Nigel Farage, the leader of the UK Independence Party (UKIP) and the country’s most prominent crusader against the European Union, abruptly announced Monday that he will be stepping down as UKIP leader.
Farage has led UKIP for most of the past eight years, but in a surprise statement Monday he said that with the UK having voted to leave the EU two weeks ago, he had achieved all his political ambitions and had no desire to stick around.
“I have never been, and I have never wanted to be, a career politician,” Farage said in a speech announcing his departure. “My aim in being in politics was to get Britain out of the European Union … That is why I now feel that I’ve done my bit, that I couldn’t possibly achieve more than we managed to get in that referendum.”
But Farage’s withdrawal from politics won’t be total. With Britain still in the EU for now, Farage remains a member of the European Parliament, and he said that he would speak there “from time to time.” He also said he would lend his support to EU withdrawal movements in other countries, “because I’m certain of one thing, you haven’t seen the last country that wants to leave the EU.” (RELATED: Farage Does Victory Lap In European Parliament)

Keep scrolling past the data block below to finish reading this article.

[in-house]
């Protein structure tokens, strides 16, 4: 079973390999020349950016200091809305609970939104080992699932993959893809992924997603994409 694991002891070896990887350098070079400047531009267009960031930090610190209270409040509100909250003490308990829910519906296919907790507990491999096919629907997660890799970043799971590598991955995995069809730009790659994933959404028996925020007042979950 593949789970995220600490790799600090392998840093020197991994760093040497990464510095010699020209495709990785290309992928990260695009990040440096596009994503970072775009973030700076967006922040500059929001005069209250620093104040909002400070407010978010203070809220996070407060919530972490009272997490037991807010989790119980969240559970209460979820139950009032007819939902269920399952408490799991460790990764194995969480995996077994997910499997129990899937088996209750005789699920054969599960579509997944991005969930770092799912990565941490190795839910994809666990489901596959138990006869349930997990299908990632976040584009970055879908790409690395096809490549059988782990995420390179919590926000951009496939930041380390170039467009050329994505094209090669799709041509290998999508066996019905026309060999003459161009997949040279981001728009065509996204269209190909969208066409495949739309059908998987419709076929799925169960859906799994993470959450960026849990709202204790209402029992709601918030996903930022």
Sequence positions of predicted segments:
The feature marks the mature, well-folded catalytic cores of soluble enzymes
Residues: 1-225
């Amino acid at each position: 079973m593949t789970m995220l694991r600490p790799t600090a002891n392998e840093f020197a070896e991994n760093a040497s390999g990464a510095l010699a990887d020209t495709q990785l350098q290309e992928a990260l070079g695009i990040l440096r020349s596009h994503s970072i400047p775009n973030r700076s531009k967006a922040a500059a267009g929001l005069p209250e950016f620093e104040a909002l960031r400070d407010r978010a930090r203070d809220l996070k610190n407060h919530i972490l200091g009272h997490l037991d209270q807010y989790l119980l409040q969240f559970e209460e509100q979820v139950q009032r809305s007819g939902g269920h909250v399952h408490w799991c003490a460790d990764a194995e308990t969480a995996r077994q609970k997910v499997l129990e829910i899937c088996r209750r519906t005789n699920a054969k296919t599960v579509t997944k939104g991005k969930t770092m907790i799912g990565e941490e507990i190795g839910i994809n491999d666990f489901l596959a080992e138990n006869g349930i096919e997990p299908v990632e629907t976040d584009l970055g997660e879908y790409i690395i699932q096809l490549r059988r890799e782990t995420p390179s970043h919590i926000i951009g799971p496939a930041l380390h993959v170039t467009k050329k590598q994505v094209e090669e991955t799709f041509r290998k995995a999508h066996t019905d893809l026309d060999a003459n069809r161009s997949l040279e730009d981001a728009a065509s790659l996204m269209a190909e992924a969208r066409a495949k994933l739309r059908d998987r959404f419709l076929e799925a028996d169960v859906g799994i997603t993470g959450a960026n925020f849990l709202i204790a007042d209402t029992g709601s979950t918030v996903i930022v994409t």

Farage previously tried to quit as UKIP leader following the 2015 election, only to later change his mind. This time, he said, there’s no chance he’ll turn back.
“During the referendum campaign, I said ‘I want my country back,'” he said. “What I’m saying today is ‘I want my life back,’ and it begins right now.” He said he would not be backing any particular candidate to succeed him as UKIP leader.
This makes UKIP the third major UK political party to go through a leadership crisis in the wake of Brexit. Prime Minister David Cameron of the Conservative Party, who opposed Brexit, has already announced that he will step down later this year, and the dogfight to succeed him is ongoing. Meanwhile, the Labour Party is in even more severe turmoil, as leader Jeremy Corbyn of the Labour Party was overwhelmingly rejected in a no-confidence vote by Labour MPs, but has refused to step down.
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